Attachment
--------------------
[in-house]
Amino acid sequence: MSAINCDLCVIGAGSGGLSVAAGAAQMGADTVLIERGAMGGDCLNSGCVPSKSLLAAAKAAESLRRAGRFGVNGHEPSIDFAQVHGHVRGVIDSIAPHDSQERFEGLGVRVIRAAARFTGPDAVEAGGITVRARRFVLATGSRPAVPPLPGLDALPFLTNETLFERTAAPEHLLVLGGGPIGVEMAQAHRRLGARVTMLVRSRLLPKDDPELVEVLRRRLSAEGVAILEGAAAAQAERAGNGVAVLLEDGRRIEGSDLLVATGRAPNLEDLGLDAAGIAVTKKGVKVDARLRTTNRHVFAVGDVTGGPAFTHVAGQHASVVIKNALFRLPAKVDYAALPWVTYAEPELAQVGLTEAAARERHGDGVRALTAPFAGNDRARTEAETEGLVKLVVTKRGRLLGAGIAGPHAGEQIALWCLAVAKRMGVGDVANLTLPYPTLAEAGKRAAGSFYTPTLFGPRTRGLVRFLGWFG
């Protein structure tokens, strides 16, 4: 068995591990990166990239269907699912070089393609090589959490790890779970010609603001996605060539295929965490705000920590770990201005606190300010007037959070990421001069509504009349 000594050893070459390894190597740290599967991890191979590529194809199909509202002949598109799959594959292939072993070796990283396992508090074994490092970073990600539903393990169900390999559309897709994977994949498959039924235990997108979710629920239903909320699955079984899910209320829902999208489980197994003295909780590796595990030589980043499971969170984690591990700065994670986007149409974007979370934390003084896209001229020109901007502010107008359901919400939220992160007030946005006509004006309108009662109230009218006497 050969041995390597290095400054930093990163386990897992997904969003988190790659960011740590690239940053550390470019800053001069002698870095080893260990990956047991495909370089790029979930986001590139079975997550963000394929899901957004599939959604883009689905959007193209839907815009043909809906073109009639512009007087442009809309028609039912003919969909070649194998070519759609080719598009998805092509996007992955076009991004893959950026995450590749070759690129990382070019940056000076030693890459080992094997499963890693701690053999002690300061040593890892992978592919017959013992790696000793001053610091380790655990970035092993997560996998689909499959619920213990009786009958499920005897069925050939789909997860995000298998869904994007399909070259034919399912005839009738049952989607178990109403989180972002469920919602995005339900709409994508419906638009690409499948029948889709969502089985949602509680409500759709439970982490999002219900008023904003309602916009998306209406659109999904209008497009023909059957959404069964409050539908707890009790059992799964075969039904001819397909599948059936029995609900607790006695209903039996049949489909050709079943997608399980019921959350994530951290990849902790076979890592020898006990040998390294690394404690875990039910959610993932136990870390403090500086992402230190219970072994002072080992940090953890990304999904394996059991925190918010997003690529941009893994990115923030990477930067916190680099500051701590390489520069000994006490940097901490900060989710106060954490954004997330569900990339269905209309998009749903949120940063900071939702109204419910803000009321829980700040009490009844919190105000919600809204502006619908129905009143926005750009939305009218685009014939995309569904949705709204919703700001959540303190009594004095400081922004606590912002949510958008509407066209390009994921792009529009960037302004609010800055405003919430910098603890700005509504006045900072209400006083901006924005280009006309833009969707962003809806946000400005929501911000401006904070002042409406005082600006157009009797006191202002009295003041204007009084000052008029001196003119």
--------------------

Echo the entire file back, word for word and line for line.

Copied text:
[in-house]
Amino acid sequence: MSAINCDLCVIGAGSGGLSVAAGAAQMGADTVLIERGAMGGDCLNSGCVPSKSLLAAAKAAESLRRAGRFGVNGHEPSIDFAQVHGHVRGVIDSIAPHDSQERFEGLGVRVIRAAARFTGPDAVEAGGITVRARRFVLATGSRPAVPPLPGLDALPFLTNETLFERTAAPEHLLVLGGGPIGVEMAQAHRRLGARVTMLVRSRLLPKDDPELVEVLRRRLSAEGVAILEGAAAAQAERAGNGVAVLLEDGRRIEGSDLLVATGRAPNLEDLGLDAAGIAVTKKGVKVDARLRTTNRHVFAVGDVTGGPAFTHVAGQHASVVIKNALFRLPAKVDYAALPWVTYAEPELAQVGLTEAAARERHGDGVRALTAPFAGNDRARTEAETEGLVKLVVTKRGRLLGAGIAGPHAGEQIALWCLAVAKRMGVGDVANLTLPYPTLAEAGKRAAGSFYTPTLFGPRTRGLVRFLGWFG
């Protein structure tokens, strides 16, 4: 068995591990990166990239269907699912070089393609090589959490790890779970010609603001996605060539295929965490705000920590770990201005606190300010007037959070990421001069509504009349 000594050893070459390894190597740290599967991890191979590529194809199909509202002949598109799959594959292939072993070796990283396992508090074994490092970073990600539903393990169900390999559309897709994977994949498959039924235990997108979710629920239903909320699955079984899910209320829902999208489980197994003295909780590796595990030589980043499971969170984690591990700065994670986007149409974007979370934390003084896209001229020109901007502010107008359901919400939220992160007030946005006509004006309108009662109230009218006497 050969041995390597290095400054930093990163386990897992997904969003988190790659960011740590690239940053550390470019800053001069002698870095080893260990990956047991495909370089790029979930986001590139079975997550963000394929899901957004599939959604883009689905959007193209839907815009043909809906073109009639512009007087442009809309028609039912003919969909070649194998070519759609080719598009998805092509996007992955076009991004893959950026995450590749070759690129990382070019940056000076030693890459080992094997499963890693701690053999002690300061040593890892992978592919017959013992790696000793001053610091380790655990970035092993997560996998689909499959619920213990009786009958499920005897069925050939789909997860995000298998869904994007399909070259034919399912005839009738049952989607178990109403989180972002469920919602995005339900709409994508419906638009690409499948029948889709969502089985949602509680409500759709439970982490999002219900008023904003309602916009998306209406659109999904209008497009023909059957959404069964409050539908707890009790059992799964075969039904001819397909599948059936029995609900607790006695209903039996049949489909050709079943997608399980019921959350994530951290990849902790076979890592020898006990040998390294690394404690875990039910959610993932136990870390403090500086992402230190219970072994002072080992940090953890990304999904394996059991925190918010997003690529941009893994990115923030990477930067916190680099500051701590390489520069000994006490940097901490900060989710106060954490954004997330569900990339269905209309998009749903949120940063900071939702109204419910803000009321829980700040009490009844919190105000919600809204502006619908129905009143926005750009939305009218685009014939995309569904949705709204919703700001959540303190009594004095400081922004606590912002949510958008509407066209390009994921792009529009960037302004609010800055405003919430910098603890700005509504006045900072209400006083901006924005280009006309833009969707962003809806946000400005929501911000401006904070002042409406005082600006157009009797006191202002009295003041204007009084000052008029001196003119």